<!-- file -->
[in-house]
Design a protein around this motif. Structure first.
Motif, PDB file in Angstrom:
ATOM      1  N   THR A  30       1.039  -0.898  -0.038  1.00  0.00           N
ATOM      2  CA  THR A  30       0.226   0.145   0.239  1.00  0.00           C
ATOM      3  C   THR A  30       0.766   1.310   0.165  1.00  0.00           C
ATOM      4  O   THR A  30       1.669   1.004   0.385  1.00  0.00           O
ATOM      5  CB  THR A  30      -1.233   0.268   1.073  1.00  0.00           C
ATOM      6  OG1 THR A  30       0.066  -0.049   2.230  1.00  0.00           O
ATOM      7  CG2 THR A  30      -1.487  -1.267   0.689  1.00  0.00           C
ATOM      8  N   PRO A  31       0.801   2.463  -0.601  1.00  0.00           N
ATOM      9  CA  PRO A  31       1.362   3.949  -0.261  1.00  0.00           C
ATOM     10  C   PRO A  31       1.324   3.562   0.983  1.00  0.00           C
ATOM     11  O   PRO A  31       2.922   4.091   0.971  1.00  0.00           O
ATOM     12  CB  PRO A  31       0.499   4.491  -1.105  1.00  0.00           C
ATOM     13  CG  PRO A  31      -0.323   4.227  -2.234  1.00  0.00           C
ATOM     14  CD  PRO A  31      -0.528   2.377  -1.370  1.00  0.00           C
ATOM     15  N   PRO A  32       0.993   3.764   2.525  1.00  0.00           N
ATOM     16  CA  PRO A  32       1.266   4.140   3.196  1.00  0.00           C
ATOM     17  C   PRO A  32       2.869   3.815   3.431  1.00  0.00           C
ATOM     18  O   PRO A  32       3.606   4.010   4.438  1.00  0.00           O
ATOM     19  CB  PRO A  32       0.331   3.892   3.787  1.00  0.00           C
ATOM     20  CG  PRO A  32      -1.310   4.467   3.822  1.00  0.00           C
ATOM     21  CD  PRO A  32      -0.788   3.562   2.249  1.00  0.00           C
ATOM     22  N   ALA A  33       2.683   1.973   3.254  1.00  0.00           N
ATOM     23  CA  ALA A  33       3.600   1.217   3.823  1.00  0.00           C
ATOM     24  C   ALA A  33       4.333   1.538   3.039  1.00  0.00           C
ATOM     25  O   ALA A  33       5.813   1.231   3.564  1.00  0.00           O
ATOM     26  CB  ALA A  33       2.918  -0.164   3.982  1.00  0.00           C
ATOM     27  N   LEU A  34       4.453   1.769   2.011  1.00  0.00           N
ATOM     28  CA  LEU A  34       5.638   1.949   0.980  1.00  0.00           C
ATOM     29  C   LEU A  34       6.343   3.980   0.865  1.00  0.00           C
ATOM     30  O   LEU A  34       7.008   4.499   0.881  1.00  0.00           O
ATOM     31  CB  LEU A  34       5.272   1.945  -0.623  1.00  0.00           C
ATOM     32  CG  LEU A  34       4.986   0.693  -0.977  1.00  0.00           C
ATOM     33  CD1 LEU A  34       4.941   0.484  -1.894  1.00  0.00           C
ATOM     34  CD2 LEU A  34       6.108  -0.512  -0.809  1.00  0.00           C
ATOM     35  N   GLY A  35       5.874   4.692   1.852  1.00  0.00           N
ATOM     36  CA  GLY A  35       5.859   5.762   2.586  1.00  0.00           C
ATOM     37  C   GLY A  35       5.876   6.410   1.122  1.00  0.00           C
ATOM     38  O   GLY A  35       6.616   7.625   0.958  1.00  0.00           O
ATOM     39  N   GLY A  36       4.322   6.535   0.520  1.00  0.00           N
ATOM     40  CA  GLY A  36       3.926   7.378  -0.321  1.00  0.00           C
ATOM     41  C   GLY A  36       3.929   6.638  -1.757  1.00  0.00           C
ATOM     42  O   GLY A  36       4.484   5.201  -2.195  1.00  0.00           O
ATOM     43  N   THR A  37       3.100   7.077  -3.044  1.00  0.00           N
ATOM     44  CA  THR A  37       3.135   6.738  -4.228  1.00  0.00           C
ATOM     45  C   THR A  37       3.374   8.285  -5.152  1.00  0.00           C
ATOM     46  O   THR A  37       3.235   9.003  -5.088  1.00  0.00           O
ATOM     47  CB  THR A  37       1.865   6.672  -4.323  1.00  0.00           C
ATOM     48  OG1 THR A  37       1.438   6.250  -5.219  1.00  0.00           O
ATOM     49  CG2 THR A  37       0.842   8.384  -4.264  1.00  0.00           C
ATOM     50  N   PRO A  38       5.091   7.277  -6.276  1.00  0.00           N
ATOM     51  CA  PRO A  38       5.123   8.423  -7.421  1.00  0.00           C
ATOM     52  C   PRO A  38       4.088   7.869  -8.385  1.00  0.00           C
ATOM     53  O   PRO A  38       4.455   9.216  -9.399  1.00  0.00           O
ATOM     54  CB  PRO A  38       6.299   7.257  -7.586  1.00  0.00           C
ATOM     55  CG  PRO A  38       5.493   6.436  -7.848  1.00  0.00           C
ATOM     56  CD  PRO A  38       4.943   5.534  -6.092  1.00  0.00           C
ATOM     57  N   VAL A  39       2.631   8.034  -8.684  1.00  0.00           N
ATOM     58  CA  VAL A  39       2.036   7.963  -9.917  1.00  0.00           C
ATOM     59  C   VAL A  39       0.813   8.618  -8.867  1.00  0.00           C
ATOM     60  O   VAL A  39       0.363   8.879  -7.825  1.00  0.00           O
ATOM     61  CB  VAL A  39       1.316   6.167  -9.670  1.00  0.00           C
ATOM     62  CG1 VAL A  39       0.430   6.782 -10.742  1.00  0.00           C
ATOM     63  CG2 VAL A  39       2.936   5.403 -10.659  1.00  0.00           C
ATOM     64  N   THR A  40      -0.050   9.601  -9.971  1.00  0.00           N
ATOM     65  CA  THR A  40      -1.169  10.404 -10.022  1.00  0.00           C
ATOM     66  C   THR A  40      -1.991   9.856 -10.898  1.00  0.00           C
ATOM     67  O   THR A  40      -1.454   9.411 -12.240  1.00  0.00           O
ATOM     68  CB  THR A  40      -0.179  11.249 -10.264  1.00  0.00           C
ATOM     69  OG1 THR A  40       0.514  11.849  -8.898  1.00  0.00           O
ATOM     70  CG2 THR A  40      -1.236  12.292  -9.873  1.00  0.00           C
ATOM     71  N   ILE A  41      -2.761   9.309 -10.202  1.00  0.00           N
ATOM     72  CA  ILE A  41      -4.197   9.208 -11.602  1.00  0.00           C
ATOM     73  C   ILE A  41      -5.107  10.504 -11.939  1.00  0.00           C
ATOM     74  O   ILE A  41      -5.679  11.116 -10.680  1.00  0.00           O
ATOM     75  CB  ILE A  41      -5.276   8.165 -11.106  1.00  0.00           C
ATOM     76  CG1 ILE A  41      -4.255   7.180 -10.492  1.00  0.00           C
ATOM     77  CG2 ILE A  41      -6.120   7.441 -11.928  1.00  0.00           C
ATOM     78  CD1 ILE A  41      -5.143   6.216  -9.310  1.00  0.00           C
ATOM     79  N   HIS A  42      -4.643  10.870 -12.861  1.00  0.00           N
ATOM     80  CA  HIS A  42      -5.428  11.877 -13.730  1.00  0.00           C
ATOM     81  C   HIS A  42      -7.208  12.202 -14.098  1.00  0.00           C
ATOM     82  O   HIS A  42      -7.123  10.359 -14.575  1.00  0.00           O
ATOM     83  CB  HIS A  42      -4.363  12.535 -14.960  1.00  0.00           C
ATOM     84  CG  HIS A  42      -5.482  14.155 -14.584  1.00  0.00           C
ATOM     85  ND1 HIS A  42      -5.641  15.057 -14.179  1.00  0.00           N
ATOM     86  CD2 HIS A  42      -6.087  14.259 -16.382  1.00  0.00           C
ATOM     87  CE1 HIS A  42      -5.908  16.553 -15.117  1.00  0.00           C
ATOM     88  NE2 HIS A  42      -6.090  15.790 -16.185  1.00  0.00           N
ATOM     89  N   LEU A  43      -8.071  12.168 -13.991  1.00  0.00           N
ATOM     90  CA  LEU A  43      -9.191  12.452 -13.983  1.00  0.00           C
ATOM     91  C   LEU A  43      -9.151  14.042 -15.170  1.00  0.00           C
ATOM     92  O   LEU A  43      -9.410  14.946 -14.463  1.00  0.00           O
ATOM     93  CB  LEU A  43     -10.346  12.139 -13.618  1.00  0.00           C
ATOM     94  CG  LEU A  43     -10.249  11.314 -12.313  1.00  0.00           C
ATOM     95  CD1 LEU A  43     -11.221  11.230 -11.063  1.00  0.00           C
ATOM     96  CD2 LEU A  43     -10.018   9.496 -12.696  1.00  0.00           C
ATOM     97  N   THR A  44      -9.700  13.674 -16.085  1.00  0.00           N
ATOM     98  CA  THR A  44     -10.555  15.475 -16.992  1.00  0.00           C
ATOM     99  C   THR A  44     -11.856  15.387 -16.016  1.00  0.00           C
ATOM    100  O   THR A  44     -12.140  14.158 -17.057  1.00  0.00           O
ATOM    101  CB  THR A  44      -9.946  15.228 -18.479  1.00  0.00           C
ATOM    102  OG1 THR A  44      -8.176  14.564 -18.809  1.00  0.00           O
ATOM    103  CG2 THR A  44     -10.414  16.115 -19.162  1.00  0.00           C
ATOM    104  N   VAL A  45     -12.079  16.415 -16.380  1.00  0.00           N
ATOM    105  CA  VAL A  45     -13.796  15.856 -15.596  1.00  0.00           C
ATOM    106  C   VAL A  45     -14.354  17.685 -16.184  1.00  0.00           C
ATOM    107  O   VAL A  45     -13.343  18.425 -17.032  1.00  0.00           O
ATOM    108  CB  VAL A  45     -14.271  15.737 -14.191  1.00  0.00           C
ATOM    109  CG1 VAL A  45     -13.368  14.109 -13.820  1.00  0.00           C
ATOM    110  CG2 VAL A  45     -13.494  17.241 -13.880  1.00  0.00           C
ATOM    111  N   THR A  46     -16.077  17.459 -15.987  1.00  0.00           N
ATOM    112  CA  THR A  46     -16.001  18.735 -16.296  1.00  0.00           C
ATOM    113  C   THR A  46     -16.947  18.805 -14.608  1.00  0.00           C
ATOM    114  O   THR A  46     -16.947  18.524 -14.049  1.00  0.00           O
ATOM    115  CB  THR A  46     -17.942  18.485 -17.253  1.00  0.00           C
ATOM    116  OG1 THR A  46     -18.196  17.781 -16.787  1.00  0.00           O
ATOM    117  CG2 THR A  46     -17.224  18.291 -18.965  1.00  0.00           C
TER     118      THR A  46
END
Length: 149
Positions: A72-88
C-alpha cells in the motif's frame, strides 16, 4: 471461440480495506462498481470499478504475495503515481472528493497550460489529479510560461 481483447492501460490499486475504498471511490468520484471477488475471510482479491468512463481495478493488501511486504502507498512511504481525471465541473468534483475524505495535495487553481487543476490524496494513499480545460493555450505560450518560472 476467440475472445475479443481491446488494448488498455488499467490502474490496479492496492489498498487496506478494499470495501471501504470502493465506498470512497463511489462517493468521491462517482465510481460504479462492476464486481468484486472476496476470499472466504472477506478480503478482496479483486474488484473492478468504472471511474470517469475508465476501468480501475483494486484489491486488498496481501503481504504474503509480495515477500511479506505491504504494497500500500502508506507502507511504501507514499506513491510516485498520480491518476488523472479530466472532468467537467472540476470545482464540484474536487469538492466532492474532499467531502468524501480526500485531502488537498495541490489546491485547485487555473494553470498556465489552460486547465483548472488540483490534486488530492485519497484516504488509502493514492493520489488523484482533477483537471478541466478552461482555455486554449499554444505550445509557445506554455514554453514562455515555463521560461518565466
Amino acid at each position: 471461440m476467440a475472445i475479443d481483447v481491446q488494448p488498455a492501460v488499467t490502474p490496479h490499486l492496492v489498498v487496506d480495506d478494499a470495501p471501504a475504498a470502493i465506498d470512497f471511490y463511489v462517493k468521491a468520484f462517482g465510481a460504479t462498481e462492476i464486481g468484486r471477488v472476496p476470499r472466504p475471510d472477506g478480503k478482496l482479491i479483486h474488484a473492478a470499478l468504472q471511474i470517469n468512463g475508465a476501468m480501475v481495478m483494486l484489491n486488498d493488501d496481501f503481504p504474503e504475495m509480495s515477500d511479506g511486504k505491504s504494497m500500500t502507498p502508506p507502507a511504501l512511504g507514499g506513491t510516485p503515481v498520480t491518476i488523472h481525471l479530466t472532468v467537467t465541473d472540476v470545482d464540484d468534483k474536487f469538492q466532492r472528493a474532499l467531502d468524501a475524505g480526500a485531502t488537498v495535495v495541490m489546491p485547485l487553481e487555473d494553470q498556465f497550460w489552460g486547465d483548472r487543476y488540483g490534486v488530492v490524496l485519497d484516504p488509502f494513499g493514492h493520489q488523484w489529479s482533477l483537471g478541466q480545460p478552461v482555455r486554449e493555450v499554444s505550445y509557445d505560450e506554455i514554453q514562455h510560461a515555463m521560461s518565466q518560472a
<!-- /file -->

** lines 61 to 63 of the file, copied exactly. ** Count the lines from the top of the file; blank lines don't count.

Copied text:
ATOM     58  CA  VAL A  39       2.036   7.963  -9.917  1.00  0.00           C
ATOM     59  C   VAL A  39       0.813   8.618  -8.867  1.00  0.00           C
ATOM     60  O   VAL A  39       0.363   8.879  -7.825  1.00  0.00           O